A long time ago, not a day would go by without the hills in Apuseni being enveloped in the unmistakable sound of the tulnic. It called to battle, it signaled fires or it simply played for cheer. The years passed by, the history changed and the tulnic, just like so many other objects in the rural household, have lost its functionality.
Similar to the trombones in Poland and Ukraine, the Swiss alphorn and the Scandinavian lur, the Romanian tulnic represent one of the oldest means of communication.
Its inventors seem to have been shepherds who, because of their need to communicate their signals “across the mountains”, have created a giant “whistle” capable to make the sound reach far away. As time passed, this 2-3 meters long “whistle” became a “siren” announcing calamities, the “hefty one” at the joyful events and an extremely beloved musical instrument, especially in Apuseni. Today, those who can still pass on the secret of making tulnics to future generations are very few. In the scattered villages on the chines of the Apuseni Mountains you can them on the fingers of one hand.
Those who know how to make them “sing” are also very few and they are generally women, but they only blow the tulnic for one purpose: to fight off wild animals around the house. However, the legends still exist and there isn’t one old man who can’t tell you the story of the tulnic. “It is old, like these lands”, Aurel Mocanu, a local of the Patrahaitesti villages on the Aries valley, narrates nostalgically. He is the head of one of the few woodworkers families who can make tulnics. “In the old days, the people here made a living from woodworking. They took what they needed from the forest and then they tried their handicraft. The “tulnicari”, as they are called, only worked with fir wood. And when they had to call to riot, the tulnic was key. This is how men called for each other from across the hills. Don’t think that the tulnic vanished when things settled”, says Mocanu.
The ones who took over the custom were women. They learned to play, so that the previous calls to battle became “calls” to weddings or to the past “girls’ fairs”.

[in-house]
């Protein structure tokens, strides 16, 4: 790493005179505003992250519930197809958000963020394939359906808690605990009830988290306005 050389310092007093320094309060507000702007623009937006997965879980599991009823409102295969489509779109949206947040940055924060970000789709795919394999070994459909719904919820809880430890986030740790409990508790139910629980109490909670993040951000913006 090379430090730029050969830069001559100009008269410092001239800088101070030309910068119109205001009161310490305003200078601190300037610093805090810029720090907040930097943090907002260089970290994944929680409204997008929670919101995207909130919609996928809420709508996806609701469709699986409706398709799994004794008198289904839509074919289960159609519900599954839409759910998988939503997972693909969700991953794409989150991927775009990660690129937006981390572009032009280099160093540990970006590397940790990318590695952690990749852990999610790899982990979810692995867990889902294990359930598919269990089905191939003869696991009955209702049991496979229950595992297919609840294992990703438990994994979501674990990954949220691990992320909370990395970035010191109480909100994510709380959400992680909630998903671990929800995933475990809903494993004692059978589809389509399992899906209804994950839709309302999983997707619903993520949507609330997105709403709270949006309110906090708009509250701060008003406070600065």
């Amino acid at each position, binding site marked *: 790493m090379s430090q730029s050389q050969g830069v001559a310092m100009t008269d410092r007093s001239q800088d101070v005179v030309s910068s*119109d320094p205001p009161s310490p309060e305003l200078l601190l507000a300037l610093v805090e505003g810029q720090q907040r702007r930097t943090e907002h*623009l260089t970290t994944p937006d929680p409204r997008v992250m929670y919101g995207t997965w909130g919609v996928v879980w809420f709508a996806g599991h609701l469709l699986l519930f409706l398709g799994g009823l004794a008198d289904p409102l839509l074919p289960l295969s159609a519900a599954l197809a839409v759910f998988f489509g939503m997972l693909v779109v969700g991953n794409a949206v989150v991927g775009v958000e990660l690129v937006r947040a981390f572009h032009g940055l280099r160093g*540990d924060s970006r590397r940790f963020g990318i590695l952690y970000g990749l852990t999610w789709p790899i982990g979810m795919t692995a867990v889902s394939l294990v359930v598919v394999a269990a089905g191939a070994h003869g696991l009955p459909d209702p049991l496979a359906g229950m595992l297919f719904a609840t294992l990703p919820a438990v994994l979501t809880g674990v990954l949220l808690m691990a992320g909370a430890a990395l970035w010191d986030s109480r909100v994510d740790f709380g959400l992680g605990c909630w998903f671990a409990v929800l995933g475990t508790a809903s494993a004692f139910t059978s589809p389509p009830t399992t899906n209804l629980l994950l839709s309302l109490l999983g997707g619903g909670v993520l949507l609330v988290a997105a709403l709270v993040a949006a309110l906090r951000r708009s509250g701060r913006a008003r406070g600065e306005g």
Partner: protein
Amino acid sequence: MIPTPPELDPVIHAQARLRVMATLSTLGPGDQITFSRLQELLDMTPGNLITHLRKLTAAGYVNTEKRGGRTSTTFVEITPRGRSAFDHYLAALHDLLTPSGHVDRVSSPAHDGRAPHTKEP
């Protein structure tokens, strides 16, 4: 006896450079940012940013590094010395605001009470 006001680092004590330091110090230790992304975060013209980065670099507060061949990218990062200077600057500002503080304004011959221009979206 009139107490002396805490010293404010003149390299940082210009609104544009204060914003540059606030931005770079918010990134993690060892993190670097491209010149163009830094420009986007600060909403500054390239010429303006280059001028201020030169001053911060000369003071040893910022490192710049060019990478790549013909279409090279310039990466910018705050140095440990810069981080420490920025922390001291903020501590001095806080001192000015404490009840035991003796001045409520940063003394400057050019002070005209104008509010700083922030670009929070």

“We have learned all these stories as well as the craft from my father. And my father from my grandfather and so on for many generations”, Aurel Mocanu confesses. Now he is 48 years old and he is proud to have succeeded in passing the craft to his children. “Times have changes. Plastic replaced everything so there are very few of us who still make traditional objects. Luckily, tourists, especially foreign tourists from Switzerland or France, come here and can’t take their eyes off of the objects we make”. It is also the tourists who pay around 1 million lei to have an authentic tulnic, meaning one that reaches a length of 2-3 meters: “They don’t want small, handmade ones, because we have those as well”, says Mocanu, “although only God know how they are carrying them back home”.
How do you make a tulnic? “It is complicated and niggling”, the craftsman smiles. The tulnic can only be made with hard fir wood, taken from the top of the mountain. And that is not all. “The fir must also be far from the water. The fir is cracked in two, and then you take the sides and chisel them, join them, glue them together and then bind them with fir wood rings as well”, Aurel Mocanu tells us.
If Aurel knows how to turn the wood piece into the mysterious 2-3 meters long object, his wife, Rafila, is the “master” of sounds. One of the few women in Apuseni who still knows how to play the tulnic. The Mocanu couple are aware that their art is facing extinction, but they hope that tourism will, in the end, save their craft, so that the deep, low-pitched sounds of the tulnic will still be heard for many years across the hills in Apuseni.
source: DRo magazine